Peanuts 1960s Collection Review

Posted 9 years ago by Television


I love the Peanuts. The TV specials are classic, and one of the most rewarding nostalgic cartoons to re-watch in adulthood. I own the Peanuts Holiday Collection, but have always wanted the complete collection of Peanuts specials. I was delighted when I received my copy of the Peanuts 1960s Collection.

Warner Brothers has taken all of the specials from the 60s and packaged them in a two disc set that contains:

  • A Charlie Brown Christmas (1965)
  • Charlie Brown’s All-Stars (1966)
  • It’s the Great Pumpkin, Charlie Brown (1966)
  • You’re in Love, Charlie Brown (1967)
  • He’s Your Dog, Charlie Brown (1968)
  • It was a Short Summer, Charlie Brown (1969)

The Specials

All six of the specials on this set are classic, and all give me that hard-to-explain, instant nostalgic feeling when I watch them. I’ve never known exactly why the Peanuts specials seem so nostalgic, even if I see one for the first time. My wife thinks it’s because they’re so simple, they use real children’s voices, and have the awesome music of Vince Guaraldi. I think she’s right.


Of course the Christmas and Halloween specials are classics, but what about the other specials? Charlie Brown’s All-Stars is the second Peanuts special to air on television, and it follows Chuck as he is the pitcher and manager of his baseball team. They’re not having much luck, but they get motivated when a local hardware store wants to sponsor them with new uniforms. Just before the last game before they officially get the sponsorship, Charlie Brown finds out that in order to get the uniforms, he would have to kick Snoopy, Lucy, Patty, Violet, and Frieda off the team (apparently only male humans can play baseball on Mr. Hennessy’s terms). He doesn’t tell the team, they lose, and they get really mad. Lucy suggests they kick him. Linus saves the day when he tells them what really happened.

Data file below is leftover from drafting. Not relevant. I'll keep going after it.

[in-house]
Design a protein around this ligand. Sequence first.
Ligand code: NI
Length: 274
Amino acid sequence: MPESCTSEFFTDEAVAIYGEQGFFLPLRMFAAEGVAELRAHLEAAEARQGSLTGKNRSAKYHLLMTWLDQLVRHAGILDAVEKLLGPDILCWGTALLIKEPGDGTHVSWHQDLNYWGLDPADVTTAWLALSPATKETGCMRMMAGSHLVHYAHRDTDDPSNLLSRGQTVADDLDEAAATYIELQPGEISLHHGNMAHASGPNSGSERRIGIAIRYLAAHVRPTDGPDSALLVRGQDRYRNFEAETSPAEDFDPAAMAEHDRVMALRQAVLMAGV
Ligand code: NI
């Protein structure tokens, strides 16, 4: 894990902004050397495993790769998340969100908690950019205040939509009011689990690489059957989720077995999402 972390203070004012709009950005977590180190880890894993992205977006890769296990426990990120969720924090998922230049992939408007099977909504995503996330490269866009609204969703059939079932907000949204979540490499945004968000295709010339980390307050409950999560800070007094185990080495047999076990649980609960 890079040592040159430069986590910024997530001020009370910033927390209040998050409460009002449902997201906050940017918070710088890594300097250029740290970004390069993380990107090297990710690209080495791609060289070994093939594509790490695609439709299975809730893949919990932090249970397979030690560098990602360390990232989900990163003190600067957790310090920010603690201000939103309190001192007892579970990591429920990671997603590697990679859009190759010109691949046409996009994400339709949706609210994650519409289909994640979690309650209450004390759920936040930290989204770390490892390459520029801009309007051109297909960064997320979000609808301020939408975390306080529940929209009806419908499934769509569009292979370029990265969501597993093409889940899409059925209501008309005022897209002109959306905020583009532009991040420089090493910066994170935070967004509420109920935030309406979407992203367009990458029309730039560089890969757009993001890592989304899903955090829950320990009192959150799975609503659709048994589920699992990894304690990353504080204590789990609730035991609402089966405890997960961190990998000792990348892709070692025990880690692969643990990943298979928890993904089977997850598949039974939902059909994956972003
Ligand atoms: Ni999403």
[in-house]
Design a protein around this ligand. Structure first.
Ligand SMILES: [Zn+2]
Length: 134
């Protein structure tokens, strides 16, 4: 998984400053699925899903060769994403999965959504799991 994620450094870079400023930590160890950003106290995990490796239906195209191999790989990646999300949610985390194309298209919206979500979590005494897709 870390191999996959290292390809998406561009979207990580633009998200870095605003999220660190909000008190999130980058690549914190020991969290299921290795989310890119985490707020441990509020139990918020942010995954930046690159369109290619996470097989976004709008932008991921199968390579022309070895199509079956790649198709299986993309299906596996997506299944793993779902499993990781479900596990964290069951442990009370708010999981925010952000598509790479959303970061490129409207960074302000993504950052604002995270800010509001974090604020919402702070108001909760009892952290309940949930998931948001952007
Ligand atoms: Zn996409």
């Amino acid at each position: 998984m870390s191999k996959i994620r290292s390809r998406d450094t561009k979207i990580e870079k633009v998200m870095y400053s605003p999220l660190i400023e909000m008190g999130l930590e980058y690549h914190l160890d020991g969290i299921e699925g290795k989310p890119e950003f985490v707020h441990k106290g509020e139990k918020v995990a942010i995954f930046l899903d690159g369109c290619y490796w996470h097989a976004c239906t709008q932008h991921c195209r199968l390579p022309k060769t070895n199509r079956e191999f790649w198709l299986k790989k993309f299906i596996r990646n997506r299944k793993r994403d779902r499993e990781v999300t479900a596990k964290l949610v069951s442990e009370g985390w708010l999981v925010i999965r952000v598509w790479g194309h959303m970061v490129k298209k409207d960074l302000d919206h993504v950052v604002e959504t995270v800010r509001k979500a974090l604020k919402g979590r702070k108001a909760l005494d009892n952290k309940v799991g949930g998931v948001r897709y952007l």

If you’re familiar with the Peanuts musicals, a scene in You’re a Good Man, Charlie Brown was inspired by this special. Fun Fact: I played Charlie Brown in a local theater company’s production of Snoopy! when I was in High School. Pictures coming soon.


You’re in Love, Charlie Brown – This is the classic “The Little Red-haired Girl” special. Charlie Brown tries to work up the courage to talk to her for the entire special, but of course never does. All seems lost for the round-headed-one, but he perseveres and enjoys a happy ending.


He’s Your Dog, Charlie Brown – This special focuses on Snoopy more than Charlie Brown. He gets into some trouble and Chuck calls the Daisy Hill Puppy Farm to enroll him in some “refresher” courses. Instead of going there like he was supposed to, he instead sets up camp at Peppermint Patty’s house, and proceeds to eat her out of house and home. I enjoyed seeing a Peanuts story not completely revolve around Charlie Brown.


It was a Short Summer, Charlie Brown – This was the last special featuring Peter Robbins as Charlie Brown. To me, this is the special where it started feeling more like a series about a group of kids, rather than just all about Charlie Brown. The kids are finally on summer vacation, but they have to put up with homework assignments, bad summer camp food, and The Masked Marvel.

The Bonus Features

There is one excellent bonus feature on this set, the documentary The Maestro of Menlo Park – Profiling Composer Vince Guaraldi. If you’re a fan of the music behind the Peanuts specials, you’ll find this very educational. I didn’t know much about Vince other than his Peanuts music, and this documentary delves surprisingly deep into his life. This is clearly a special feature aimed at adults, and features interviews with Vince’s son David, as well as producer Lee Mendleson and many musicians who played with Vince. I think it ran over thirty minutes, and my wife and I love it. I could listen to Vince’s Christmas score year-round, but his other Peanuts music is just as classic.

The Verdict

I like how Warner Bros. grouped these specials by the decade. I wouldn’t want to pay for an individual DVD of some of these, just because they’re so short, so this is a great way to start collecting all the Peanuts specials. I hope they continue releasing them by decade like this. It would only take two or three more sets to complete the entire run of Peanuts specials.

If you’re a Peanuts fan, or you’d like to introduce your kids to some classic cartoons and give them a break from aliens and robots and sponges, I highly recommend you head on over to Amazon or your favorite local mega-store on July 7th to buy it today!

Buy at Amazon